j_smoocha
                    Posted 3 months ago

                    Talk to them low and quietly, not in a loud perky voice but a calming one. This may sound silly but it really does work, when they hear your voice and feel your hand on their neck it calms them down. Also, if they spooked at something, take them back to the place where they spooked and to the specific thing they spooked at. Walk them slowely up to it still talking to them until they are (or almost are) touching that particular thing. If it’s something you cannot get close to such as a moving tractor or something behind a fence, let the horse look at it until he is calm again.

                      thoroughbred_chick_123
                      Posted 3 months ago

                      I bring in young horses from a field all the time, so this happens to me about once a week. I use a chain whenever i suspect one of the horses is going to be a problem. You should look up how to properly use a chain, since one used poorly can cause serious damage. I would explain it to you, but its kind of hard to in writing. Anyway, then when i get the horse and am walking with it, i keep my elbow in their neck, like stick your right elbow out into the neck. I know it sounds weird, but it keeps them away from you, and if they are going to jump towards you, you will feel it in your elbow, and you will have time to get out of the way. Ive never had a horse land on me while i was using my elbow, it works.The best tip i can give you is to watch their body language. By doing this it becomes very easy to see a spook ahead of time, and think of a way to avoid being hurt. If a horse does spook while your walking, keep them around you by not letting the lead go slack. If you just let the horse ” freak out” around you, it would be very easy for the horse to kick you. You have to keep them facing you. If they swing their hind toward you, immediately push them away by putting your hand onto their hip. The goal is to keep them away from you while they panic. The only time you should let the lead go slack is if the horse is going to rear. just let it run through your fingers, and make sure your out of the way of their front legs. My friend actually had some of her scalp ripped off because her horse reared and struck her in the head with a front hoof. If a horse bucks while your leading it, as long as your near their face, you really dont need to worry. And like everyone else has said, use a calm voice and a gentle pat.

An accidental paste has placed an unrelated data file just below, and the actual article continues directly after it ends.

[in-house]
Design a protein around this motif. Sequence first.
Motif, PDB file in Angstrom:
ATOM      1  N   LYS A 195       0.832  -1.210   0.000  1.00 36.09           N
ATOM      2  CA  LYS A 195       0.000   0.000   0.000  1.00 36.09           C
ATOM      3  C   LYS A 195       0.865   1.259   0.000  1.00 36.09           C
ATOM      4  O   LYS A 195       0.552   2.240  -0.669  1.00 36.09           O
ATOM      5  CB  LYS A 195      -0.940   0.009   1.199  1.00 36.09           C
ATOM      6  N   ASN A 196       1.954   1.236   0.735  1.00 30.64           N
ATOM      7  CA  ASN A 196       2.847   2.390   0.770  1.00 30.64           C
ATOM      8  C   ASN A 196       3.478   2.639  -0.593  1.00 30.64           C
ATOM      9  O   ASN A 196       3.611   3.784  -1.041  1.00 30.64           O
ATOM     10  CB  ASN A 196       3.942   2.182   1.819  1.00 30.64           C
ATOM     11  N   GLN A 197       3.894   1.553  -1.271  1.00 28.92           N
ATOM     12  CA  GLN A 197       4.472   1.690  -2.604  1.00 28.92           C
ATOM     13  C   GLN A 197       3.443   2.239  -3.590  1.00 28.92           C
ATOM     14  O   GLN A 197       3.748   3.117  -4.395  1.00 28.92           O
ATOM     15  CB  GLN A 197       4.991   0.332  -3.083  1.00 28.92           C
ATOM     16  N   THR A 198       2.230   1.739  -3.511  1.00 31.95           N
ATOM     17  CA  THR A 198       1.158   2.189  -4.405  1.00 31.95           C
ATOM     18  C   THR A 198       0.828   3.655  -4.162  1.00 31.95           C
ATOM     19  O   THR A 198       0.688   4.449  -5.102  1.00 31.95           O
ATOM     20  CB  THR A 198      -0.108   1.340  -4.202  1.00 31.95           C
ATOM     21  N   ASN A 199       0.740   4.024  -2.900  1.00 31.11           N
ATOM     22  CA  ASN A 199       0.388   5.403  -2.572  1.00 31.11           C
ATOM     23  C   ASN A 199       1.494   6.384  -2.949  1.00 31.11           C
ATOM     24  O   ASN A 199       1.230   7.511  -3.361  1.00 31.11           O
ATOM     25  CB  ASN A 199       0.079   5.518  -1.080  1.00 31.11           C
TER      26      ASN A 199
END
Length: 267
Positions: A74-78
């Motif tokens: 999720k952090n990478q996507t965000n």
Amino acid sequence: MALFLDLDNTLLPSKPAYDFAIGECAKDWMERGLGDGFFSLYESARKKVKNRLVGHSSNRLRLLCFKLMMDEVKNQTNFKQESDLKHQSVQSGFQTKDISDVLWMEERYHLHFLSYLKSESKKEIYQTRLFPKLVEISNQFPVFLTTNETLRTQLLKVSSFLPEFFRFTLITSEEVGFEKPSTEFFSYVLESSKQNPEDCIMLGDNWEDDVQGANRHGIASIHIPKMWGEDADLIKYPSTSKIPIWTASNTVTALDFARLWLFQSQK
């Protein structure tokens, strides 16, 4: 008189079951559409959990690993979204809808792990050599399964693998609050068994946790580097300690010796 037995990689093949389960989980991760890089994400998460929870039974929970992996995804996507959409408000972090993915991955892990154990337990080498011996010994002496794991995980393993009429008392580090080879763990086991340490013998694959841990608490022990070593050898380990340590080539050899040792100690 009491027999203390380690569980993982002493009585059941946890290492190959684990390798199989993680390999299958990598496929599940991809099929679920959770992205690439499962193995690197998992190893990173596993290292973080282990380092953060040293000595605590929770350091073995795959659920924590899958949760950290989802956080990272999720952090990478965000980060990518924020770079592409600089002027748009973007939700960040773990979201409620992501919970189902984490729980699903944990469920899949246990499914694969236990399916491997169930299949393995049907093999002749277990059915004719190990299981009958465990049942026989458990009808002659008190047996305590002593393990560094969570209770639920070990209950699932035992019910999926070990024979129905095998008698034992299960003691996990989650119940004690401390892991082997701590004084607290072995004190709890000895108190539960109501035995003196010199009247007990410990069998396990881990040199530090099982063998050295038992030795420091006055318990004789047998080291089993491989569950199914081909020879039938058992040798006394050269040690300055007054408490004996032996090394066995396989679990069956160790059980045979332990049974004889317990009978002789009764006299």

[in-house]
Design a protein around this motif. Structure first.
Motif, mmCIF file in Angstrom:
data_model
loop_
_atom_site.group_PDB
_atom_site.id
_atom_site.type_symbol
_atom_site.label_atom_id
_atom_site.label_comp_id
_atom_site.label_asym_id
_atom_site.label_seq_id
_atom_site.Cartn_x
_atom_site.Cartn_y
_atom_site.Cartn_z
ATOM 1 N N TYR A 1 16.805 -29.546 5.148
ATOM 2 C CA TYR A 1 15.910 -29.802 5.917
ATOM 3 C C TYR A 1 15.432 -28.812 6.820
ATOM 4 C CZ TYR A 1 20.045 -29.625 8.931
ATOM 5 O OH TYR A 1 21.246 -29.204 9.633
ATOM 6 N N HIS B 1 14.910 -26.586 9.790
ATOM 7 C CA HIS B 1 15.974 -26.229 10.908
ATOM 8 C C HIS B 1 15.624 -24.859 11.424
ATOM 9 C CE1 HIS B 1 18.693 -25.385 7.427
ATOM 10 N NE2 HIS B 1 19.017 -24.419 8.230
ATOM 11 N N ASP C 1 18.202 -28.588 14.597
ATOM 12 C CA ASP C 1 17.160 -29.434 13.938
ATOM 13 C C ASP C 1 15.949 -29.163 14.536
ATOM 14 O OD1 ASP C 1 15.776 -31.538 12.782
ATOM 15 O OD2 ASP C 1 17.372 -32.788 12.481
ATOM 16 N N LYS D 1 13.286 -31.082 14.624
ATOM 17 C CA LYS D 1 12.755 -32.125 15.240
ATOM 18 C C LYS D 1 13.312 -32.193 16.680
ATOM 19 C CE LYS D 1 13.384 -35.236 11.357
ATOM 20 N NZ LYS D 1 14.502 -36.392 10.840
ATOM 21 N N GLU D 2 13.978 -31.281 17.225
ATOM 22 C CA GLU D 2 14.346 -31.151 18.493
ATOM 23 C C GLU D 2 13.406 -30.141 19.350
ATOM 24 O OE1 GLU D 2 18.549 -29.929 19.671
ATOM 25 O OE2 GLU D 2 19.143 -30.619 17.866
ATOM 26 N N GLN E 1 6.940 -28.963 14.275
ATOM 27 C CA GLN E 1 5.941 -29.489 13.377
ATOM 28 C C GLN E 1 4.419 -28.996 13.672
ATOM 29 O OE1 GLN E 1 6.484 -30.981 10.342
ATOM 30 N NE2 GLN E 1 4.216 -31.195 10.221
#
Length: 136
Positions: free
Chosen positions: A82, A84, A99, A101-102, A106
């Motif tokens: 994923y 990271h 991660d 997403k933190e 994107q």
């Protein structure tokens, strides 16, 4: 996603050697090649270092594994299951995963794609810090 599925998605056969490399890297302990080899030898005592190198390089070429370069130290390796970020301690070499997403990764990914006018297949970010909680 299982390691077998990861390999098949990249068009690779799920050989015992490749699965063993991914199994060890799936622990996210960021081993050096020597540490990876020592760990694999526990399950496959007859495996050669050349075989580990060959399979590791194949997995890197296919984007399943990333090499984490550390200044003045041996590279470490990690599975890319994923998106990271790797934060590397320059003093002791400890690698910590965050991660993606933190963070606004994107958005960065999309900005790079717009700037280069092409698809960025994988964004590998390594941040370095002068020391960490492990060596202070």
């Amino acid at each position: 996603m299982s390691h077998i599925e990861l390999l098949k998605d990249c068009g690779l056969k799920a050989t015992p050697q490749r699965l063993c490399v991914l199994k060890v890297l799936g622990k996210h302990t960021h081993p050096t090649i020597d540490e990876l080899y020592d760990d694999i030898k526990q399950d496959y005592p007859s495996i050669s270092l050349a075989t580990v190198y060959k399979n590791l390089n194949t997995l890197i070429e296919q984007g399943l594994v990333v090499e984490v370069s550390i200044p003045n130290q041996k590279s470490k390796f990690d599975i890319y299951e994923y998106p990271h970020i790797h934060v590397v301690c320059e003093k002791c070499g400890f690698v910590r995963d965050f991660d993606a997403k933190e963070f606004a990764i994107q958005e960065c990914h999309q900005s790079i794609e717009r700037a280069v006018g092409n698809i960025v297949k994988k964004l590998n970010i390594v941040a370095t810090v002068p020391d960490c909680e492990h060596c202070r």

PS. You have to differentiate between spooking or playing. My horse will sometimes just buck for no reason when i lead her because shes in a playful mood, and thats when you have to punish them a little. its not safe or proper for a horse to do that when your so close to them. I usually yank on the chain a few times, or say loudly ” Hey”. Its easy to tell the difference. A horse that spooks has a worried expression on their face, and will sometimes snort.

                        Lily L
                        Posted 3 months ago

                        if bucking get conrol of the head, but not under the chin. they cant easily walk forward and buck at the same time. keep walking like nothing has happened satay calm and leas then past it and pat them on the neck keeping a hand stoking there neck to reassure them that you are there and talk to them. if rearing they are revealing there belly which is there weakest point, stay away front there front feet go off to the side keep contol of the sead and wack then a good one in the about 10 inc. behind where girth would be. they will come down and keep walking like nothing happened. if they are just spooking stay calm and lead them through it talking to them (llike if they were bucking)